‘So many barriers’: Support for teen dads lags behind help for young moms


Many Canadian organizations help teen mothers but there is a gap for young fathers

By Nicholas Chadi, CBC News – Mar 19, 2017

Michael Moze was 18 when he learned that he was becoming a father. Five months into the pregnancy, the Edmonton teen decided to quit school, find a job and moved in with his girlfriend.

“I got excited about becoming a dad,” Moze says, and he was determined to provide for the family.”I didn’t have custody for the first two years, but I bottle-fed him from the hospital.” Read more

When doctors know that they don’t know

Medical Uncertainty imageBy Nicholas Chadi

Boston Globe – February 25, 2017

IMAGINE THAT you are a medical doctor. You need to tell one of your patients that he has advanced-stage pancreatic cancer, an almost incurable condition. You learn that your patient’s only daughter is getting married five months from now. Without treatment, your patient has about a year left to live. Chemotherapy would increase his chances of being alive in five years by about 20 percent but would also double his chances of dying before his daughter’s wedding. Read more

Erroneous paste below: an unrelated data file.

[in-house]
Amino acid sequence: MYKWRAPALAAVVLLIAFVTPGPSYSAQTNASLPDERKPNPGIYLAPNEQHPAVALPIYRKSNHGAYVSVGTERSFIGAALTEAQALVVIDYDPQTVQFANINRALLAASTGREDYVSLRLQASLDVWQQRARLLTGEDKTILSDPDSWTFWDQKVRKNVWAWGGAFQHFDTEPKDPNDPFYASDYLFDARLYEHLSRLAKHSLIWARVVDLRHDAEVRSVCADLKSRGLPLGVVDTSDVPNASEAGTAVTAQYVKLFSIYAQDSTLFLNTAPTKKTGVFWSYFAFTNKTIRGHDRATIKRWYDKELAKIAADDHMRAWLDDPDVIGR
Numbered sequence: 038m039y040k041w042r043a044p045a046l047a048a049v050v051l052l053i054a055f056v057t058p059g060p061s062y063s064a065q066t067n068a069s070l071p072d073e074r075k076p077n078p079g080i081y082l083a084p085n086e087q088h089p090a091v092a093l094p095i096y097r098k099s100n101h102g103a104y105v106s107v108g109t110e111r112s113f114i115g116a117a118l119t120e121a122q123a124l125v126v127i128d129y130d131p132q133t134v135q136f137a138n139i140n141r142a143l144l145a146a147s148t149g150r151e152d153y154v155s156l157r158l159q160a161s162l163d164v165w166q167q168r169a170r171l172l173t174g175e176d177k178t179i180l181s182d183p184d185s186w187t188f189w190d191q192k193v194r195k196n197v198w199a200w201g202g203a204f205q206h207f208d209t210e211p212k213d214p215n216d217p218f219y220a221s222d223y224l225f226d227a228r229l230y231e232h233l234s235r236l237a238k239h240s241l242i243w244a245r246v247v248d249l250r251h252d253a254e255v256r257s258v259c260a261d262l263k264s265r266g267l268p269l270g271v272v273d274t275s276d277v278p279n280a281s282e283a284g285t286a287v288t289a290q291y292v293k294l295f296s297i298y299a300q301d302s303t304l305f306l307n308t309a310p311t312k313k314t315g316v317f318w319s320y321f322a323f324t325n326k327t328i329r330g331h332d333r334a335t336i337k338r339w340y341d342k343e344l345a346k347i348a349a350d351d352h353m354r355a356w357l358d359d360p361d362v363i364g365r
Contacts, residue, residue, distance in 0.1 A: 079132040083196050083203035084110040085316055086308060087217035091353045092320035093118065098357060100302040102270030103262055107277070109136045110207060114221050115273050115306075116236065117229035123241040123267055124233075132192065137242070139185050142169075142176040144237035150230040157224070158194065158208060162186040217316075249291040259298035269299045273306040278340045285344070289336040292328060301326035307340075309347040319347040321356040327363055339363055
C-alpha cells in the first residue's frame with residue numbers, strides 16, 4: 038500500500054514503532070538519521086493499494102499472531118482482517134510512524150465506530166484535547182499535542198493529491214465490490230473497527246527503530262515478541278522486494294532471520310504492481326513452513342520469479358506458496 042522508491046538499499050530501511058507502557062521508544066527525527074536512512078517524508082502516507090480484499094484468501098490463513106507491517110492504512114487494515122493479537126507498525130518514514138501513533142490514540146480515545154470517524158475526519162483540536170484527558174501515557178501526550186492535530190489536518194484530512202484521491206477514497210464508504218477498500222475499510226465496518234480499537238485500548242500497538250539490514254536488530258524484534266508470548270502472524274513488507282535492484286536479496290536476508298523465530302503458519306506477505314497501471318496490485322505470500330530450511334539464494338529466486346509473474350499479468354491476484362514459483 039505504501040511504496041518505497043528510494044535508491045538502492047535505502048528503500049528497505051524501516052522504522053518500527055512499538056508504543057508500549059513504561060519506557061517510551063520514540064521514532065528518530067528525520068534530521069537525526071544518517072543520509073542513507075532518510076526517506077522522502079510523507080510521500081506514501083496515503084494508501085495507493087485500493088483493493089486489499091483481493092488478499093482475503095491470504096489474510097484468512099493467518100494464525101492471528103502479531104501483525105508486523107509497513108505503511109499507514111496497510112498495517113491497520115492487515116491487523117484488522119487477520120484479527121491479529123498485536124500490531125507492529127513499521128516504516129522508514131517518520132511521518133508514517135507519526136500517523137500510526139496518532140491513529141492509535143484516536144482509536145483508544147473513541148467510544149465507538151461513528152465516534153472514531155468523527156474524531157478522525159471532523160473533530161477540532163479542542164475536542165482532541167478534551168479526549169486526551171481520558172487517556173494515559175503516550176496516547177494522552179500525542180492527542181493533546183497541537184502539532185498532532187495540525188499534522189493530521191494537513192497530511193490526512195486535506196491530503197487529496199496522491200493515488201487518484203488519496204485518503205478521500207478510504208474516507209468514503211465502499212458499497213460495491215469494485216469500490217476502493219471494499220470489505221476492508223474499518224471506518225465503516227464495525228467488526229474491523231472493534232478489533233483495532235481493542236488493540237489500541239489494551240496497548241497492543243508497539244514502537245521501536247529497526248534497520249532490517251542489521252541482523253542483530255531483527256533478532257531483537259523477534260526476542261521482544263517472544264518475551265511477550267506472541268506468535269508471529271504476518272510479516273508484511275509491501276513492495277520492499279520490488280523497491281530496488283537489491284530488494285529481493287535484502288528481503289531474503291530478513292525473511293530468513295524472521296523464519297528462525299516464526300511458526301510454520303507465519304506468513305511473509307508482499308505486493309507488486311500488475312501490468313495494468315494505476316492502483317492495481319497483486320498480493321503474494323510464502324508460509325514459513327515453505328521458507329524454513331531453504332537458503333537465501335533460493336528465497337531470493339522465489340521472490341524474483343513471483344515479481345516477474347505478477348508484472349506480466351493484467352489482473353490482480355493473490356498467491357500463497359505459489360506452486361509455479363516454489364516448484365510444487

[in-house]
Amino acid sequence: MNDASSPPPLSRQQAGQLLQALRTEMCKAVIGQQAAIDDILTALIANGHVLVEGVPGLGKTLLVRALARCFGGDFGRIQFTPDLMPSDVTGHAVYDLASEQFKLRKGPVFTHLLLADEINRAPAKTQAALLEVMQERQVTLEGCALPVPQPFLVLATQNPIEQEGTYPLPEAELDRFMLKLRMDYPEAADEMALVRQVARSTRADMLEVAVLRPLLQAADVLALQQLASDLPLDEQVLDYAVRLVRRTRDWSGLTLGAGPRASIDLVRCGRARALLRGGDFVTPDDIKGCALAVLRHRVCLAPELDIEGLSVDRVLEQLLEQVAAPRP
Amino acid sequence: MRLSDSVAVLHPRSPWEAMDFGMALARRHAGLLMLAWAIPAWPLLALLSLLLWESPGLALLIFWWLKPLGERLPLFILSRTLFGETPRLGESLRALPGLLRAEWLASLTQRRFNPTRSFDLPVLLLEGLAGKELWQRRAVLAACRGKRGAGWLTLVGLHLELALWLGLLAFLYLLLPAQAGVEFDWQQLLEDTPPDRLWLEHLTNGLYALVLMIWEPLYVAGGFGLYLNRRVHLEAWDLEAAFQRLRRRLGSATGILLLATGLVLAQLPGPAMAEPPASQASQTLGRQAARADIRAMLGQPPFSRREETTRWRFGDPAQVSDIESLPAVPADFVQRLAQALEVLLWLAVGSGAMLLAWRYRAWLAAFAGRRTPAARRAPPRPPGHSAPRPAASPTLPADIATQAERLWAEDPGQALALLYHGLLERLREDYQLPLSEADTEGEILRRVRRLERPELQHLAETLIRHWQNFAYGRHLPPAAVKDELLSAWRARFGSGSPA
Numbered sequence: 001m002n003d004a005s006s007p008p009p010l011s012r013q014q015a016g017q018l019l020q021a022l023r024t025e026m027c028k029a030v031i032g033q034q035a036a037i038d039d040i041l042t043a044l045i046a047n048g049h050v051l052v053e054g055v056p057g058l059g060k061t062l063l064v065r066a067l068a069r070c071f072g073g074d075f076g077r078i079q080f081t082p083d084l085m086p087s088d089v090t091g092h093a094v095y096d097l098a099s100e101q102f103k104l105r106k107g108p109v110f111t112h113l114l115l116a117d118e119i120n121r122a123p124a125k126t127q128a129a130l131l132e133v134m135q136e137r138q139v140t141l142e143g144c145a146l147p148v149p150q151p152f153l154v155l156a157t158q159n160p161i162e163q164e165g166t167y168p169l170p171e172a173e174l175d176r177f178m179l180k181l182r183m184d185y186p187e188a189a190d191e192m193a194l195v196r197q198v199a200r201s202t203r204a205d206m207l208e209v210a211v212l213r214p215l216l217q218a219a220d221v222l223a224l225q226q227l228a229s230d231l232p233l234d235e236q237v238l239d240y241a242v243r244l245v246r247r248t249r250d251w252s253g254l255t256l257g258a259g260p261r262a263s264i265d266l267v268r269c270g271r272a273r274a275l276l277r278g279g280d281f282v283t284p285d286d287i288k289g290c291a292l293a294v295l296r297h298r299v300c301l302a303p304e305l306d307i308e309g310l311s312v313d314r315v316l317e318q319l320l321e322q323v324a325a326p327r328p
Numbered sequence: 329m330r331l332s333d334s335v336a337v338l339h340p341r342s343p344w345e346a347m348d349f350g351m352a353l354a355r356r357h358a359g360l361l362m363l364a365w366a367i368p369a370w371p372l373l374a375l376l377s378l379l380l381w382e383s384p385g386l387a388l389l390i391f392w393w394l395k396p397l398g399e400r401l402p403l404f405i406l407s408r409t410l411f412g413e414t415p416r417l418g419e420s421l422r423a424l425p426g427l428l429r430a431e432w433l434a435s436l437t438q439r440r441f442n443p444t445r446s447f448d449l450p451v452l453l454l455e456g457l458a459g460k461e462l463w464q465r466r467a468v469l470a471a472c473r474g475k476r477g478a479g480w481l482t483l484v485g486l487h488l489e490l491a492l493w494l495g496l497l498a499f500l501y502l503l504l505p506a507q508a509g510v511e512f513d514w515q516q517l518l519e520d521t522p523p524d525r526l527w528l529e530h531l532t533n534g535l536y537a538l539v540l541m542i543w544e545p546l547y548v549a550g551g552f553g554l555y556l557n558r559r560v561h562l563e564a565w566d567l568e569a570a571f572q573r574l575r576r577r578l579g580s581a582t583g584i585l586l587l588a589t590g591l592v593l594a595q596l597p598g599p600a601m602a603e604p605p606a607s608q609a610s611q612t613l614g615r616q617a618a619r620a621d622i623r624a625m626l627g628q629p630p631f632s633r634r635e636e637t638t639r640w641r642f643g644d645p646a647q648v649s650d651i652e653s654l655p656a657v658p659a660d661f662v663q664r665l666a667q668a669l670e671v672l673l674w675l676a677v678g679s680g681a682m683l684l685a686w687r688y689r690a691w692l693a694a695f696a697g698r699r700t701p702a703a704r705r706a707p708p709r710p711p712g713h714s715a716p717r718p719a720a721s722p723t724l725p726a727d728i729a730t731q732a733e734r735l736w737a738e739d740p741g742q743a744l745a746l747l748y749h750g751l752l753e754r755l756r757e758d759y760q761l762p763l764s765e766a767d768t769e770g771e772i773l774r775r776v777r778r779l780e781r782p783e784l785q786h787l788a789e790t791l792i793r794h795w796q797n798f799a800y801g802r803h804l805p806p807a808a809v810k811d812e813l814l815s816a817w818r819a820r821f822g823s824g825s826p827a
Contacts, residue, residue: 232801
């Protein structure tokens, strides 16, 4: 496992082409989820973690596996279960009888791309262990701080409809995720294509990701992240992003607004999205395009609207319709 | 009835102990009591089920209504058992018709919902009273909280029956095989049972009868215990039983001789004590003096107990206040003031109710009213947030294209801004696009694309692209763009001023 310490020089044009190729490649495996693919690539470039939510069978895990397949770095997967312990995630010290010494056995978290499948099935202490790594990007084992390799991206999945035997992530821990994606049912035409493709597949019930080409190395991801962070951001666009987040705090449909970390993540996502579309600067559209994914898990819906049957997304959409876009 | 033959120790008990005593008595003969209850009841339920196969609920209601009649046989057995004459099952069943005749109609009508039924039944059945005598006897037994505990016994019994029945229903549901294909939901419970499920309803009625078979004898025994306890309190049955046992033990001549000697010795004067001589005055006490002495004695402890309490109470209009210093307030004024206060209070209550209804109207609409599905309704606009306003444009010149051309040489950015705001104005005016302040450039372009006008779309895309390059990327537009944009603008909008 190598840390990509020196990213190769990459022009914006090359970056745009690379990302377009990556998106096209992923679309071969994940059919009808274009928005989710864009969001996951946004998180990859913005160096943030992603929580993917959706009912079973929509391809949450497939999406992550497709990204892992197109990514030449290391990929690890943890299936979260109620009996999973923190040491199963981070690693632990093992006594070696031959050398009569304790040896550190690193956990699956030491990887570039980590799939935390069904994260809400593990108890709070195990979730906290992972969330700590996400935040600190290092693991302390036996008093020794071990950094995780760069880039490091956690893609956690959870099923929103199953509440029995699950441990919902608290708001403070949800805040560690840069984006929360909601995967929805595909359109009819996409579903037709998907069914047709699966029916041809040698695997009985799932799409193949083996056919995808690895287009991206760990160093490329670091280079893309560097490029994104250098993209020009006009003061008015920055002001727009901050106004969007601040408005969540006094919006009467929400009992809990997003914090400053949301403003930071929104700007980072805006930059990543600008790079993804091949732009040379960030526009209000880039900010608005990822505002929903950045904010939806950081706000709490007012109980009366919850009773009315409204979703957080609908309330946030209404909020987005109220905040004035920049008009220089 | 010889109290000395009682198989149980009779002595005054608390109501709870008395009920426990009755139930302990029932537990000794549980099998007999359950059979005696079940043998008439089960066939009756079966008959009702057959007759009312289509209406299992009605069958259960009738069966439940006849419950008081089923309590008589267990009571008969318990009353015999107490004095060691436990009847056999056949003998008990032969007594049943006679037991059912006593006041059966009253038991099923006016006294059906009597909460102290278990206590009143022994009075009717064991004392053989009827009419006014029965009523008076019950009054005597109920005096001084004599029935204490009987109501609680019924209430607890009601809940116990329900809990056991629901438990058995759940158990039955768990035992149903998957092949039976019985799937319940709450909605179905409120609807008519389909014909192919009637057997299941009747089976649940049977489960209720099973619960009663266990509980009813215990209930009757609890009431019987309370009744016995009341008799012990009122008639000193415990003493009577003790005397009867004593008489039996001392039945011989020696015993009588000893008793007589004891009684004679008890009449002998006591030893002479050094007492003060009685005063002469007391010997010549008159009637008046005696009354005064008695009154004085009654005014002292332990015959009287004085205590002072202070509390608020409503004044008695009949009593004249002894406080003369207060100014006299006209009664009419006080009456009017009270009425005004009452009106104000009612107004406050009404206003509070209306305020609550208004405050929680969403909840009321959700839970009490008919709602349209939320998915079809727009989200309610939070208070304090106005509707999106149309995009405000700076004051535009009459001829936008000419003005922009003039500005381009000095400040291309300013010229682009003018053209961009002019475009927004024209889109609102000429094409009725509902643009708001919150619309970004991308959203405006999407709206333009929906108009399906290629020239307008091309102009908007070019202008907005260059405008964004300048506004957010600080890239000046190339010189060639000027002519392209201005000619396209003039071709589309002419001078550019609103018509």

How Canada should care for young caregivers

This country has more young carers per capita than any other in the world — but is it doing enough to support them?

Published on Dec 19, 2016

Q&A Teen obesity and sleep apnea can be connected problems, pediatrician says

Sleep disorders in teens difficult to diagnose and often overlooked, Dr. Nicholas Chadi says.

CBC News – November 16, 2016

In the fight against obesity in teens, we’ve considered a number of different strategies — taxing sugary drinks, rewriting food labels and encouraging young people to cut down on screen time.

But one expert says we also need to look at how much sleep teens are getting.

Dr. Nicholas Chadi is a pediatrician and researcher specializing in adolescent medicine in Toronto, and a fellow in global journalism at the Munk School of Global Affairs.

As he told CBC Radio, he’s looking at why sleep apnea is a major issue for teens, and how it connects to the obesity problem. Read more

Meet Mirena and its ‘little sister’ Jaydess. They’re tackling teen pregnancy, one IUD at a time

Nicholas Chadi, Special to National Post | September 28, 2016 12:35 PM ET

The 14-year-old twin girls are on their way to the Planned Parenthood sexual health clinic near the University of Toronto downtown campus.

It’s September and they’ve just started Grade 8. They may not be ready for sex yet, but Kaylee and Sara (not their real names) have made up their minds: they want a Mirena.

Mirena and its “little sister,” Jaydess, are small plastic Ts, each about the size of a toothpick. The intra-uterine devices (IUDs) are up to 10 times more reliable than the birth control pill. Read more

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